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The Rules of Seeing

By: Joe Heap
Narrated by: Cariad Lloyd
Length: 9 hrs and 15 mins
4 out of 5 stars (27 ratings)
Regular price: £12.99
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Summary

What you see depends on what you’re looking for....

Rule of Seeing no. 399.

Learning to see is often a thankless task. Then, sometimes, the world opens up and you understand nothing will ever look the same again.

Nova can do many things. She can speak five languages. She can tell when someone is lying from the sound of their voice. She can even make an excellent sandwich with peaches, pepperoni and pickles...although she can’t convince anyone to try it.

But there’s one thing Nova can’t do. She can’t see. Until an operation restores her sight, and everything changes.

Nova meets Kate when both women need each other the most. And as Kate comes into focus, Nova learns that the world isn’t as bright as she first thought it would be. She can sense that Kate’s problems are the ones you can’t see, and from an unspoken connection, an unlikely friendship blossoms.

It’s time for Nova to open her eyes and see the world differently, in the very best way.

©2018 Joe Heap (P)2018 HarperCollins Publishers Limited

Critic reviews

"An astonishing debut." (Ruth Hogan, author of The Keeper of Lost Things)

"This has made me see the world in a different way...I loved it." (Dawn O'Porter)

"Truly original...it kept me guessing until the nail-biting end. A stunning and memorable page-turner." (Sarah J. Harris, author of The Colour of Bee Larkham’s Murder)

What members say

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  • Overall
    5 out of 5 stars
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    5 out of 5 stars

Captivating escapism

An incredible book. hooled me in and became addictive in its sensitivity and story line. The perfect read!

1 of 1 people found this review helpful

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    1 out of 5 stars
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    3 out of 5 stars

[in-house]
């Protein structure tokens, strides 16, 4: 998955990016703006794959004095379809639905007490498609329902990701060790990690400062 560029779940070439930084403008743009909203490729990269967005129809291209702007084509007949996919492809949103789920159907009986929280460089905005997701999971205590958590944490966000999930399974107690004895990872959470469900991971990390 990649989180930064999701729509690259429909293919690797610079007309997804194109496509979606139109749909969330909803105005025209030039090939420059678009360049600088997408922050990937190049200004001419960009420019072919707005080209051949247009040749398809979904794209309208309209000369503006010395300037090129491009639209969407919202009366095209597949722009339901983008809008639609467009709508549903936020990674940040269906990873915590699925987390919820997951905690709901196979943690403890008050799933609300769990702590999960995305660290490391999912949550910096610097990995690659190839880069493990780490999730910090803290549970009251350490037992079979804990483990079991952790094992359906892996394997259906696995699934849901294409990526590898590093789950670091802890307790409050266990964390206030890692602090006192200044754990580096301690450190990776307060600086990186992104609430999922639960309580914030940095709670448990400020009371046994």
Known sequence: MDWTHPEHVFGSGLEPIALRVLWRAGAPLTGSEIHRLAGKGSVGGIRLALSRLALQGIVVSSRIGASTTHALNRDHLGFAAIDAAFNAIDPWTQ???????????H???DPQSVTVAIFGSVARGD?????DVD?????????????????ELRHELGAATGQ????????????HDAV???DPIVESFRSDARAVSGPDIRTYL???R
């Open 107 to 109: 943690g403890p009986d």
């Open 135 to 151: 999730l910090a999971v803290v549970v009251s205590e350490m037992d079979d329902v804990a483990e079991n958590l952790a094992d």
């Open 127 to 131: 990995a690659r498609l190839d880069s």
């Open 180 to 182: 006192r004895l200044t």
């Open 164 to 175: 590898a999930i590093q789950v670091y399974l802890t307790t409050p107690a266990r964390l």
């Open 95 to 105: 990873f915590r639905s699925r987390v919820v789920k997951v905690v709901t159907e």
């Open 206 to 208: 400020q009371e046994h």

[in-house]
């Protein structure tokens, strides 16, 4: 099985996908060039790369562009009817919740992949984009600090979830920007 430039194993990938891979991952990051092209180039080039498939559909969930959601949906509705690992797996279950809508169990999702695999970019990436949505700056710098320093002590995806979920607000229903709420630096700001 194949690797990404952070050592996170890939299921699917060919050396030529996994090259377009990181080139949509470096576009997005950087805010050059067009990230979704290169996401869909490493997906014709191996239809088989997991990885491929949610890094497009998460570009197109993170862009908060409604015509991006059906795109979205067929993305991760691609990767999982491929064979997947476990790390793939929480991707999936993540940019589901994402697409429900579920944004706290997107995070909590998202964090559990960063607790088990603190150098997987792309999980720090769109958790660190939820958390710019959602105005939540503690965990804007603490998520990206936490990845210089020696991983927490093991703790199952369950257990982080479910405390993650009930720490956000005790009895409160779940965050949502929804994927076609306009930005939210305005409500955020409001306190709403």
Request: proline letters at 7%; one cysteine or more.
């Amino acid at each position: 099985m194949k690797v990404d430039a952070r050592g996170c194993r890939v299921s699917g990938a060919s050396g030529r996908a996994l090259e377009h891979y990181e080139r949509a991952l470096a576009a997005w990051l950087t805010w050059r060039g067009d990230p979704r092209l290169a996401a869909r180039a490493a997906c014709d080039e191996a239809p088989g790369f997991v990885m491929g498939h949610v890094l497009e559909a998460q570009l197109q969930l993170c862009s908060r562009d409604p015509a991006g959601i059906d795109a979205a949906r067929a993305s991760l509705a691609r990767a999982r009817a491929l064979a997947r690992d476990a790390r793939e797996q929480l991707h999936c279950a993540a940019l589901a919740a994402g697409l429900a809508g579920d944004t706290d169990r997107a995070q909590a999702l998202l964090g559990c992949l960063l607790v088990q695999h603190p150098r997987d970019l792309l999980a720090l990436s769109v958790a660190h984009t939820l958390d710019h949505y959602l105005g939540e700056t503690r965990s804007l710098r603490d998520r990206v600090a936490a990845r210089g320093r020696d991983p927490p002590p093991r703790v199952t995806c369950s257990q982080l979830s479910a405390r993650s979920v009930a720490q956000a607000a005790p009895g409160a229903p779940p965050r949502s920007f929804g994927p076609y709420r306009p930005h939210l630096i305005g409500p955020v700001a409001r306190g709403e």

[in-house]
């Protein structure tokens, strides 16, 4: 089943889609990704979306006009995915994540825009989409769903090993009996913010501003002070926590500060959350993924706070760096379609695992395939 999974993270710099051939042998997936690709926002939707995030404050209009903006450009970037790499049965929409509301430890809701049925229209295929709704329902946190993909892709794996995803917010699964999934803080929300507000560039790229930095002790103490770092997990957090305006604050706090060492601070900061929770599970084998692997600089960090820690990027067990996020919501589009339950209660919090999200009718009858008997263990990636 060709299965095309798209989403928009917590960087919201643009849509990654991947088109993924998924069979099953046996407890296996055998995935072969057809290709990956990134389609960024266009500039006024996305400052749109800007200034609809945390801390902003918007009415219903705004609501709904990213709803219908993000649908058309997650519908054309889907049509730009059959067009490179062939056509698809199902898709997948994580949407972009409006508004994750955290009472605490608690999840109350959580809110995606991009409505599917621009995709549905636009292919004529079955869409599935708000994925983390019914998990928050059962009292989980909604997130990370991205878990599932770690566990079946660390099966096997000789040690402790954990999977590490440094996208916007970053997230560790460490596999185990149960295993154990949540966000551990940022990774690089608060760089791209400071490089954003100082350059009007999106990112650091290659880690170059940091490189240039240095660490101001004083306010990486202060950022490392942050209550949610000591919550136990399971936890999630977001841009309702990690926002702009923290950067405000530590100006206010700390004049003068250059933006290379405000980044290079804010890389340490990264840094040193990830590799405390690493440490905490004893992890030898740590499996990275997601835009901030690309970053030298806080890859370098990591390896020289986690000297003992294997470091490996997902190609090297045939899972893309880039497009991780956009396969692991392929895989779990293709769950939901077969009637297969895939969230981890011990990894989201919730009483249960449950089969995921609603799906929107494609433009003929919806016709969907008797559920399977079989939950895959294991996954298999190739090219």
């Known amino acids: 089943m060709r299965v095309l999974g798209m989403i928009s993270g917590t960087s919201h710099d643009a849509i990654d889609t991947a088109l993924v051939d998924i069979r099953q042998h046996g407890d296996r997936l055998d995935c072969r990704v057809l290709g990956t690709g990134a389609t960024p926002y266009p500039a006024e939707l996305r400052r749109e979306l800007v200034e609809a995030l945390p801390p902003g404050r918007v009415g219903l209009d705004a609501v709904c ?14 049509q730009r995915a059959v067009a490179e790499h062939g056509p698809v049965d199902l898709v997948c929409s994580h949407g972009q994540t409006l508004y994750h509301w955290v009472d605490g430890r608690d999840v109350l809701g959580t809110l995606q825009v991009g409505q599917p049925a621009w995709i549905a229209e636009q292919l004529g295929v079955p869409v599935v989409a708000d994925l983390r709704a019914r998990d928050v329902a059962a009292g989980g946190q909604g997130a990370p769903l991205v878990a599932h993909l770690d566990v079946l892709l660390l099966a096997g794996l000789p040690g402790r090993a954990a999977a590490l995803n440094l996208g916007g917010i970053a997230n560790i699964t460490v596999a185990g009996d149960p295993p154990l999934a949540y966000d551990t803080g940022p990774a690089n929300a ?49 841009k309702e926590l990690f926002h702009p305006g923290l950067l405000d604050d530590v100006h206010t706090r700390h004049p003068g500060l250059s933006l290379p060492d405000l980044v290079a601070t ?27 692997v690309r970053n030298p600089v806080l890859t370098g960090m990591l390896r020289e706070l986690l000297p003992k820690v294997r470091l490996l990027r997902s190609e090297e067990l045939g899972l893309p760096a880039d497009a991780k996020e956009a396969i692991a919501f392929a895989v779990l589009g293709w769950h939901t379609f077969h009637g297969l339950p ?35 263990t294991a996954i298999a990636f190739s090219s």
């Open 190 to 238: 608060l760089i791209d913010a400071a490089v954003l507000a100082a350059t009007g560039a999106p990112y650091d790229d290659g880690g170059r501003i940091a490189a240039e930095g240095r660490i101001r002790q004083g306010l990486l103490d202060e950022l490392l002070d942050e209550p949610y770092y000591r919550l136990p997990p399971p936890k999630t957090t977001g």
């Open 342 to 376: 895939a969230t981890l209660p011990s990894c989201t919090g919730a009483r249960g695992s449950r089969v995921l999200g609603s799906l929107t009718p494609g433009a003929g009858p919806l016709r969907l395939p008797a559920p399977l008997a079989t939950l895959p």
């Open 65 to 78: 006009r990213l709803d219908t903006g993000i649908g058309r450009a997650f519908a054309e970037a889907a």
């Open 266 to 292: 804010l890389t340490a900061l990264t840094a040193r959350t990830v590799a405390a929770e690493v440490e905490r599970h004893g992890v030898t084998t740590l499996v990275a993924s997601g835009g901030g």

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    1 out of 5 stars

Inconsistent, simplistic, unfocused unidirectional

This book desperately needed an editor a critical editor that has read some books or understand what the plot of a book should be about.
The so-called reviewers on the cover of this book are just the mercenary advertisement for a product that will make the writer cringe in the future.
What this book is not about is a vision of any kind, the main character has a list over three hundred and ninety rules for seeing we get to know maybe ten; also we are told at infinitum that vision is a language (the main character is a translator, so apparently everything is a language ).
The only surprise is that the thriller is no thrilling, the relationships are at best absurd at worst the most boring sexual couples ever, and the bony boiler of the story is so pathetic and poorly described it was hard to believe no one told the writer he/she had to start again. Just one example the knife he uses is a serrated bread knife; I will never look at toast the same way, the horror, the horror.
A waste of time and money, the worst book I read this year. .


2 of 3 people found this review helpful

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    5 out of 5 stars
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    4 out of 5 stars

Well written, funny sad and surprising.

I loved the characters and the change of narrator. Many cliffhangers kept me engaged whilst reading as I cared for Kate and Nova.